Fifteen years after he helped devise the brutal interrogation techniques used on terrorism suspects in secret C.I.A. prisons, John Bruce Jessen, a former military psychologist, expressed ambivalence about the program.
He described himself and a fellow military psychologist, James Mitchell, as reluctant participants in using the techniques, some of which are widely viewed as torture, but also justified the practices as effective in getting resistant detainees to cooperate.
“I think any normal, conscionable man would have to consider carefully doing something like this,” Dr. Jessen said in a newly disclosed deposition. “I deliberated with great, soulful torment about this, and obviously I concluded that it could be done safely or I wouldn’t have done it.”
The two psychologists — whom C.I.A. officials have called architects of the interrogation program, a designation they dispute — are defendants in the only lawsuit that may hold participants accountable for causing harm.
The program has been well documented, but under deposition, with a camera focused on their faces, Drs. Jessen and Mitchell provided new details about the interrogation effort, their roles in it and their rationales. Their accounts were sometimes at odds with their own correspondence at the time, as well as previous portrayals of them by officials and other interrogators as eager participants in the program.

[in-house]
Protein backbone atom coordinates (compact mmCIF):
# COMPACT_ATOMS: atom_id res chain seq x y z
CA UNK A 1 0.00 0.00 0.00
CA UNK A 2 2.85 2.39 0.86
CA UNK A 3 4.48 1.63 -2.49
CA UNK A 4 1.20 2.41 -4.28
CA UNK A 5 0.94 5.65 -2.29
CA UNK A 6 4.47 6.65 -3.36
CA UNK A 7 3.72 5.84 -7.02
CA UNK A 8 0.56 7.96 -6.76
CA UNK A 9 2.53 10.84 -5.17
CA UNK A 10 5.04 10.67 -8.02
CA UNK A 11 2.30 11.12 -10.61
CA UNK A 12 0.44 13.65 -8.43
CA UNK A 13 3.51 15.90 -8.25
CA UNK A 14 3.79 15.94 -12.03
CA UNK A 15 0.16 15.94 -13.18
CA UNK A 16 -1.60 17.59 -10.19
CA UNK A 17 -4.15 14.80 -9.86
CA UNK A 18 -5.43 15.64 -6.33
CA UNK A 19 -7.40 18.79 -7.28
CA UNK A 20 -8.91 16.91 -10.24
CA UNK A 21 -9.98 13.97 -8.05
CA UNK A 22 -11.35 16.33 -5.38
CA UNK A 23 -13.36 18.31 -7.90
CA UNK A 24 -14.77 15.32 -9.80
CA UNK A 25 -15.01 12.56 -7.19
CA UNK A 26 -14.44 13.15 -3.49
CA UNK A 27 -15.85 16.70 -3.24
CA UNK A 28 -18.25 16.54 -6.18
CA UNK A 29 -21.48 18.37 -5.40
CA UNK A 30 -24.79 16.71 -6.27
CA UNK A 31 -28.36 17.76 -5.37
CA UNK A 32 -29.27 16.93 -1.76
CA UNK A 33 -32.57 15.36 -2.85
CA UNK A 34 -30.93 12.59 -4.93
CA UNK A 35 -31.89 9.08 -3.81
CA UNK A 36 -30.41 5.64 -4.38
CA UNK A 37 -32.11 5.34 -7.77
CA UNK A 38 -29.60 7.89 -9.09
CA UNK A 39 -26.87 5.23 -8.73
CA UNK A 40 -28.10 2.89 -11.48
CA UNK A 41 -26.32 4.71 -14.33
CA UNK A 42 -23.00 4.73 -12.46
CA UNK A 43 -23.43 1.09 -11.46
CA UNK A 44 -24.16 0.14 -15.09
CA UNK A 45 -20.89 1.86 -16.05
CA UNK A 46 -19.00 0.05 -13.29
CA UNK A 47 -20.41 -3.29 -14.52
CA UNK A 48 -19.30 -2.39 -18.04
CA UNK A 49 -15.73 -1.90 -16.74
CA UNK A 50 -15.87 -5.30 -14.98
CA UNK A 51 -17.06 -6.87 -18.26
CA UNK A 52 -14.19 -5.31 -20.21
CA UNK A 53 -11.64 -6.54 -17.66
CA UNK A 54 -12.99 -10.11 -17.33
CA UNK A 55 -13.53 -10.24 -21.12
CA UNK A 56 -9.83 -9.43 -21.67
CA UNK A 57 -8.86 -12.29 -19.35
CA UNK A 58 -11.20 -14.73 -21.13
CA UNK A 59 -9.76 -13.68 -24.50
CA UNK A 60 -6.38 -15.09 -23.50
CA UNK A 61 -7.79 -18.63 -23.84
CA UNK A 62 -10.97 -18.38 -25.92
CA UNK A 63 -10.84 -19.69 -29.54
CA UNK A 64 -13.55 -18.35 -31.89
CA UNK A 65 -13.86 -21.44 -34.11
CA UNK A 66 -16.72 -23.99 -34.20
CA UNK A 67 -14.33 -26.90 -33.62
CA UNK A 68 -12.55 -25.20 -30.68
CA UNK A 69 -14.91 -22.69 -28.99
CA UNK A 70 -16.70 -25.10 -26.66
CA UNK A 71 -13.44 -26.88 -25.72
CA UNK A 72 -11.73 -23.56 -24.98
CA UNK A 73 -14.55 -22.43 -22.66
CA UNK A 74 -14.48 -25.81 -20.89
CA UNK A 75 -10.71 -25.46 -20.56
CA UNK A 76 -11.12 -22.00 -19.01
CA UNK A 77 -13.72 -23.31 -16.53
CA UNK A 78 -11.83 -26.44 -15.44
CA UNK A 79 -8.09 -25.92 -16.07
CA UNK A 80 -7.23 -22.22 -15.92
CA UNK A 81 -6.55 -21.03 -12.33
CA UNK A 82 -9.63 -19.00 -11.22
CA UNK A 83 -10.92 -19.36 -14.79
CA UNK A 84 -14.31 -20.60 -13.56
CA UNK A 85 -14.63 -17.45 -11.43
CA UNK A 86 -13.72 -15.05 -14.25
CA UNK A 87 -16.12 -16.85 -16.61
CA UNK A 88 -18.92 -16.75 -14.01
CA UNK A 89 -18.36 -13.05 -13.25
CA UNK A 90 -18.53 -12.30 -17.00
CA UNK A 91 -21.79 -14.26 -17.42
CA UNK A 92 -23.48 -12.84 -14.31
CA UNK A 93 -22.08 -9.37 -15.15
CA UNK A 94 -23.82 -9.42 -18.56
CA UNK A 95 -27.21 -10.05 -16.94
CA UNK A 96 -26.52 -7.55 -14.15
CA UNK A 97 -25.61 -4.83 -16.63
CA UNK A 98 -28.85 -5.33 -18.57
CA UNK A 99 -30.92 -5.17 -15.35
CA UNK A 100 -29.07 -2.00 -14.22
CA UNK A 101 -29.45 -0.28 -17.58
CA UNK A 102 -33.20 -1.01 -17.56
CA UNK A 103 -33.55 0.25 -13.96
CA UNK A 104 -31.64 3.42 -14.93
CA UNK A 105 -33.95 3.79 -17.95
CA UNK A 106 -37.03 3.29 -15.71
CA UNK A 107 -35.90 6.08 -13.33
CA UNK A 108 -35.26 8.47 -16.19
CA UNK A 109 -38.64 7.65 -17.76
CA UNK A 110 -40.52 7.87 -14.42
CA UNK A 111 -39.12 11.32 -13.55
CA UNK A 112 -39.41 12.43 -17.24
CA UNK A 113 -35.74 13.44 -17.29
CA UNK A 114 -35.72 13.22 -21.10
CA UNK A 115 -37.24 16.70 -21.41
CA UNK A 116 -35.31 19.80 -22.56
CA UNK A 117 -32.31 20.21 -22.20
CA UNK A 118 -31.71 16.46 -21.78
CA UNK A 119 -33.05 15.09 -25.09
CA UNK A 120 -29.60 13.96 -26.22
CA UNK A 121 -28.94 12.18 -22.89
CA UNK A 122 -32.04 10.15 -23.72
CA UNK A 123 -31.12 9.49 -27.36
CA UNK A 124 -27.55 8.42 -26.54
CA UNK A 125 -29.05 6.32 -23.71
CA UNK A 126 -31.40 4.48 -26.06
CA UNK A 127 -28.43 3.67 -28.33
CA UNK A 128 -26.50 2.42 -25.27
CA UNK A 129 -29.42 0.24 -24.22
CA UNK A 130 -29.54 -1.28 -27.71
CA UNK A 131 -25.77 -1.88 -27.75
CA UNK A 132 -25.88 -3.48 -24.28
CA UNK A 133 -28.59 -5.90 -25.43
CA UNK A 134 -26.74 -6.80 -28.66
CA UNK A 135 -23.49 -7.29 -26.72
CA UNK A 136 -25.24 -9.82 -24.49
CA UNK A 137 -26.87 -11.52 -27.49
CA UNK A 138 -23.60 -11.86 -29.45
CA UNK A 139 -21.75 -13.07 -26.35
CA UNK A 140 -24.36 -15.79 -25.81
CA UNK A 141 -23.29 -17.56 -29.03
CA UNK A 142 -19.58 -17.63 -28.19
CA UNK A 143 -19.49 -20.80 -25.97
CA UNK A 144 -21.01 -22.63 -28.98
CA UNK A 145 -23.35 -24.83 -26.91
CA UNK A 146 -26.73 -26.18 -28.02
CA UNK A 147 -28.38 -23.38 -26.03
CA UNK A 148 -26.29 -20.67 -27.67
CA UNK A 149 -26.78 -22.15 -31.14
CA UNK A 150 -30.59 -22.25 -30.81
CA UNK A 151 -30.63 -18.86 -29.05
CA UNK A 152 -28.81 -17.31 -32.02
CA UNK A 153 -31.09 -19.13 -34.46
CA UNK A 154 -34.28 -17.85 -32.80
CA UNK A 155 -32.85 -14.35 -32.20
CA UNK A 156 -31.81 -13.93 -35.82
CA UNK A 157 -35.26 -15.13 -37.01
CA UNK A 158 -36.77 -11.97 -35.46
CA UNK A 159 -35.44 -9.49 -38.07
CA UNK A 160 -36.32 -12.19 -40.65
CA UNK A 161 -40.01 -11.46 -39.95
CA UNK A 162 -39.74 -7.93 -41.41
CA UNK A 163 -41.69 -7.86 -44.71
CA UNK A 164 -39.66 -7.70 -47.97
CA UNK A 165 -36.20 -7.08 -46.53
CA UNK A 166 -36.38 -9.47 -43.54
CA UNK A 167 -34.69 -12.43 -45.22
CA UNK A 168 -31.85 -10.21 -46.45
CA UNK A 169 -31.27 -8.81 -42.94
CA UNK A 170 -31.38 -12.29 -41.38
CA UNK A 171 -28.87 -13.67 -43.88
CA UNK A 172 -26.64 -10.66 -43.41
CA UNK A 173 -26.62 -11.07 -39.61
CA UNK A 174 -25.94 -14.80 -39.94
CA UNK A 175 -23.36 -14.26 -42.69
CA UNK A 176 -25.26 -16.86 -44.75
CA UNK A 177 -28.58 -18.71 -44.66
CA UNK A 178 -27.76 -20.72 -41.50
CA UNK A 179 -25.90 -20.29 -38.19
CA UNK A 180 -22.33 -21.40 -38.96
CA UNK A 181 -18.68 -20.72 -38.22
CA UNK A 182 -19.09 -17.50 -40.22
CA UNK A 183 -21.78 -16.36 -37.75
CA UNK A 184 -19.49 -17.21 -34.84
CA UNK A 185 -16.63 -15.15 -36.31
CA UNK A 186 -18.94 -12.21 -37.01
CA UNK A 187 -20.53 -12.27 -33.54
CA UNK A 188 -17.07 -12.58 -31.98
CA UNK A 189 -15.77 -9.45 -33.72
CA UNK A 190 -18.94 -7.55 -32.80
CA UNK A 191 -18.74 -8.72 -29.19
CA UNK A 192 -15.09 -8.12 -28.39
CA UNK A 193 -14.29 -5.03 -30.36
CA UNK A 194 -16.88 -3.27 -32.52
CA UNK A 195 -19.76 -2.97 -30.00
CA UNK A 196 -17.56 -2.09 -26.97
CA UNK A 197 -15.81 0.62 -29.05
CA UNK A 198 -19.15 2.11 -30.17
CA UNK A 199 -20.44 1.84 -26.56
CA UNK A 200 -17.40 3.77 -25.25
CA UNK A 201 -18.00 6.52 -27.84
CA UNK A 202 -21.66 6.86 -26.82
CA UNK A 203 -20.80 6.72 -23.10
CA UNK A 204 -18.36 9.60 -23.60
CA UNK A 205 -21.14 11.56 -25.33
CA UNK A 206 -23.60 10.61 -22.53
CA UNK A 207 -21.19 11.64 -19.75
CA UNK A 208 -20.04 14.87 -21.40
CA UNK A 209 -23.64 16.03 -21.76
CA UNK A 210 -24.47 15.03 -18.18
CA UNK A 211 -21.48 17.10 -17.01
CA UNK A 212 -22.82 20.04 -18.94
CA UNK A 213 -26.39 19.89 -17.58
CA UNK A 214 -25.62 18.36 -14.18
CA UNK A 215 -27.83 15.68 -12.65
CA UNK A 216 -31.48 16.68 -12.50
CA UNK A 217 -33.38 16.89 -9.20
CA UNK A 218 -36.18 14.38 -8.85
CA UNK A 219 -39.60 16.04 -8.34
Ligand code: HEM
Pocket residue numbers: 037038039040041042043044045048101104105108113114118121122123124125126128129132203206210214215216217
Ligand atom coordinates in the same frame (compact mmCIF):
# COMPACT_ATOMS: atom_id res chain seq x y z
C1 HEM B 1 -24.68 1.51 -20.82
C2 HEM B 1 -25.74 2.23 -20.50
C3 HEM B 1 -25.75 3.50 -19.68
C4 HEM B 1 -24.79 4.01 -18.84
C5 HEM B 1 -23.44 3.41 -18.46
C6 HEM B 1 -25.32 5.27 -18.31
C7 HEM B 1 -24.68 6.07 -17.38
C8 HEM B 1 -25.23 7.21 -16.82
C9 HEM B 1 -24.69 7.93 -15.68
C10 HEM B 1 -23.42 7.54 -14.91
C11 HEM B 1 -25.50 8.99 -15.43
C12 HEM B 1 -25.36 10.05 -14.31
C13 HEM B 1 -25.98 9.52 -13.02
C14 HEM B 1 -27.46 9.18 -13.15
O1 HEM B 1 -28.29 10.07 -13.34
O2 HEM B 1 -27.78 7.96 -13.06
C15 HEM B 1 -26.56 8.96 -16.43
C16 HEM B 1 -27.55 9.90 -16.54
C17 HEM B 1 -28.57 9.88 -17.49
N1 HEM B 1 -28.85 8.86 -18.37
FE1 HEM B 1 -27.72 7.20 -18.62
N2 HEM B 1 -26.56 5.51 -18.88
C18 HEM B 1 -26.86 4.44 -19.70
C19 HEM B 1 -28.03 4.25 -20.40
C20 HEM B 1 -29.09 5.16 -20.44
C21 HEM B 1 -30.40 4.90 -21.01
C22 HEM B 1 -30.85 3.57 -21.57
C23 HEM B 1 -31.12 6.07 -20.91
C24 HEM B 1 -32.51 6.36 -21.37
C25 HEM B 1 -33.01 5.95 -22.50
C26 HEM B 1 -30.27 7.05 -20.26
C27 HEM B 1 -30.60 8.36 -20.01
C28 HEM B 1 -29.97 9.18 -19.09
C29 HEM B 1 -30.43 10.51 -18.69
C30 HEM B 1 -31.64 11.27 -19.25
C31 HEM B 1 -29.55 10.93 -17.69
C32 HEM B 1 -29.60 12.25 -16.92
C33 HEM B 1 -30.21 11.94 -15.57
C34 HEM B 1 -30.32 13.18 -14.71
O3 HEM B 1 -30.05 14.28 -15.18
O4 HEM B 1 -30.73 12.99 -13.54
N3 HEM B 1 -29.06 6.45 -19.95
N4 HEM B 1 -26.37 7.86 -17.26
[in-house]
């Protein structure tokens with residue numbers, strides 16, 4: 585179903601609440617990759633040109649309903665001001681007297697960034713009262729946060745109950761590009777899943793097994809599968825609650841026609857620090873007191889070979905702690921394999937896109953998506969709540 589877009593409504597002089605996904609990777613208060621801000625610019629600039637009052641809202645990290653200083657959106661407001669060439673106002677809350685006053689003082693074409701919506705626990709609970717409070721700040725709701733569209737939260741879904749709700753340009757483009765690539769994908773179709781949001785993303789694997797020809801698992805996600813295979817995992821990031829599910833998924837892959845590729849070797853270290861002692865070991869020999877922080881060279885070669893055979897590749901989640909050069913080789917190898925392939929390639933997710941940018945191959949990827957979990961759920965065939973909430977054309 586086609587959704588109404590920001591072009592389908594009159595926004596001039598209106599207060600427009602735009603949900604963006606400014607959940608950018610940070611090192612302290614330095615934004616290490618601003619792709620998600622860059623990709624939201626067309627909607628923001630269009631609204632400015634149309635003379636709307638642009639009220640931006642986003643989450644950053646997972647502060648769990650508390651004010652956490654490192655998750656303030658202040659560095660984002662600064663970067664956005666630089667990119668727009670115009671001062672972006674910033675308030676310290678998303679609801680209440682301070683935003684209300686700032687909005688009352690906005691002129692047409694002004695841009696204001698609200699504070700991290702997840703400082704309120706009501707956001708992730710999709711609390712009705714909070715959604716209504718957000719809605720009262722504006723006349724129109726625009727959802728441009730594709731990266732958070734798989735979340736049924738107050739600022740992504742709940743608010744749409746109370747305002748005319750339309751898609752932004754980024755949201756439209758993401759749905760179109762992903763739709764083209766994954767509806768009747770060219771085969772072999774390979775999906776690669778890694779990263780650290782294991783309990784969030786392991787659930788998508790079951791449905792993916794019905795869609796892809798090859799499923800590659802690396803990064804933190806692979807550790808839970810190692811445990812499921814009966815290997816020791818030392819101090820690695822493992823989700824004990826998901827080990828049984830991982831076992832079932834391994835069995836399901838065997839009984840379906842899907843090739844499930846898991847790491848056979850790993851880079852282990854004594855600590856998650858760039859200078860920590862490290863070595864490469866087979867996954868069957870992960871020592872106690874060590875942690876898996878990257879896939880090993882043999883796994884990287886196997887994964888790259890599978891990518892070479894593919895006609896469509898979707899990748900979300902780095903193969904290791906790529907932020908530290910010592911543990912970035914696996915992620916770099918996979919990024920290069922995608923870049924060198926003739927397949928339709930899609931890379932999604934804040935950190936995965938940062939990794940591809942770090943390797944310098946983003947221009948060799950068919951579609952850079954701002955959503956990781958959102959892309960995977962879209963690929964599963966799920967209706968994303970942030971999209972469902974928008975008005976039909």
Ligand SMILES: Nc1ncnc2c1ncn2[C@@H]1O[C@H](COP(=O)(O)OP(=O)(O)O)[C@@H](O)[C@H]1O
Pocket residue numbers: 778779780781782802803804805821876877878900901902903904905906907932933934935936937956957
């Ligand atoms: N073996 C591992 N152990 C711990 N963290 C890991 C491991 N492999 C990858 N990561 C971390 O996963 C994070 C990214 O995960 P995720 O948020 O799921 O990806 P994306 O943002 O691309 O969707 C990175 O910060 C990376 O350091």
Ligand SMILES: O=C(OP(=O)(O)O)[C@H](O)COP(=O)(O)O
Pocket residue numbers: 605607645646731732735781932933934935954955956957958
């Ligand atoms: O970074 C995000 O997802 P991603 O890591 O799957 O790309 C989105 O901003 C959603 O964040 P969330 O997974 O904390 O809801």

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Linked below are PDF transcripts of the depositions and other declassified agency documents.
The suit, filed in Federal District Court in Spokane, Wash., was brought by the American Civil Liberties Union on behalf of several former prisoners of the Central Intelligence Agency. The New York Times has obtained the video depositions of Dr. Jessen and Dr. Mitchell, as well as those of two former C.I.A. officials and two former detainees. Newly declassified agency documents have also been released in the case.
Revelations about the C.I.A. practices, which were a radical departure for the United States, set off global denunciations and bitter divisions at home. They led to an eventual ban on the techniques and a prohibition by the American Psychological Association against members’ participation in national security interrogations. A 2014 Senate Intelligence Committee report condemned the interrogation techniques as torture and ineffective in providing useful intelligence.
For years, Dr. Mitchell, polished and assertive, has defended the two men’s actions in the press and in a recent book, while Dr. Jessen remained silent. But Dr. Jessen answered questions under oath on Jan. 20, the same day that President Trump was inaugurated. During the election campaign Mr. Trump had pledged to revive the use of torture, including waterboarding, though he later backed off.
The two psychologists argue that the C.I.A., for which they were contractors, controlled the program. But it is difficult to successfully sue agency officials because of government immunity.
Under the agency’s direction, the two men said, they proposed the “enhanced interrogation” techniques — which were then authorized by the Justice Department — applied them and trained others to do so. Their business received $81 million from the agency.